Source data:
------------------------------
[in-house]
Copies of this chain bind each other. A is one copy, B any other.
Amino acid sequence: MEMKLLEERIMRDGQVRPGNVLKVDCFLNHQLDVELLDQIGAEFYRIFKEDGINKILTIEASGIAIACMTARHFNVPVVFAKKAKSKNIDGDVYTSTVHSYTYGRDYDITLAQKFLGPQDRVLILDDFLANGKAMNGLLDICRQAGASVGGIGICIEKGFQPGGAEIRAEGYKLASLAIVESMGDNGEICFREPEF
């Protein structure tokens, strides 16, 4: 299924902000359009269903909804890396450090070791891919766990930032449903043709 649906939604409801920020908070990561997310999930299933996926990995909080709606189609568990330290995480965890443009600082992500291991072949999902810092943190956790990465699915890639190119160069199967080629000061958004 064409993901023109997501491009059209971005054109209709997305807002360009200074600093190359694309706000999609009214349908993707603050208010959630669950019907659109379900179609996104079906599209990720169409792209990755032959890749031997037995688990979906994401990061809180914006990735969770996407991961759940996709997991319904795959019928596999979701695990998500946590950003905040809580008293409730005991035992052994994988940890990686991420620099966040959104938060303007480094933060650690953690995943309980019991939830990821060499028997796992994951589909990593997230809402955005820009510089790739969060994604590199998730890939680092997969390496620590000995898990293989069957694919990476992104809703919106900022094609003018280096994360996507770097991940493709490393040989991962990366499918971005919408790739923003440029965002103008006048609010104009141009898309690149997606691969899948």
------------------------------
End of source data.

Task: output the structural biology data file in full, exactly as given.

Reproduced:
[in-house]
Copies of this chain bind each other. A is one copy, B any other.
Amino acid sequence: MEMKLLEERIMRDGQVRPGNVLKVDCFLNHQLDVELLDQIGAEFYRIFKEDGINKILTIEASGIAIACMTARHFNVPVVFAKKAKSKNIDGDVYTSTVHSYTYGRDYDITLAQKFLGPQDRVLILDDFLANGKAMNGLLDICRQAGASVGGIGICIEKGFQPGGAEIRAEGYKLASLAIVESMGDNGEICFREPEF
């Protein structure tokens, strides 16, 4: 299924902000359009269903909804890396450090070791891919766990930032449903043709 649906939604409801920020908070990561997310999930299933996926990995909080709606189609568990330290995480965890443009600082992500291991072949999902810092943190956790990465699915890639190119160069199967080629000061958004 064409993901023109997501491009059209971005054109209709997305807002360009200074600093190359694309706000999609009214349908993707603050208010959630669950019907659109379900179609996104079906599209990720169409792209990755032959890749031997037995688990979906994401990061809180914006990735969770996407991961759940996709997991319904795959019928596999979701695990998500946590950003905040809580008293409730005991035992052994994988940890990686991420620099966040959104938060303007480094933060650690953690995943309980019991939830990821060499028997796992994951589909990593997230809402955005820009510089790739969060994604590199998730890939680092997969390496620590000995898990293989069957694919990476992104809703919106900022094609003018280096994360996507770097991940493709490393040989991962990366499918971005919408790739923003440029965002103008006048609010104009141009898309690149997606691969899948």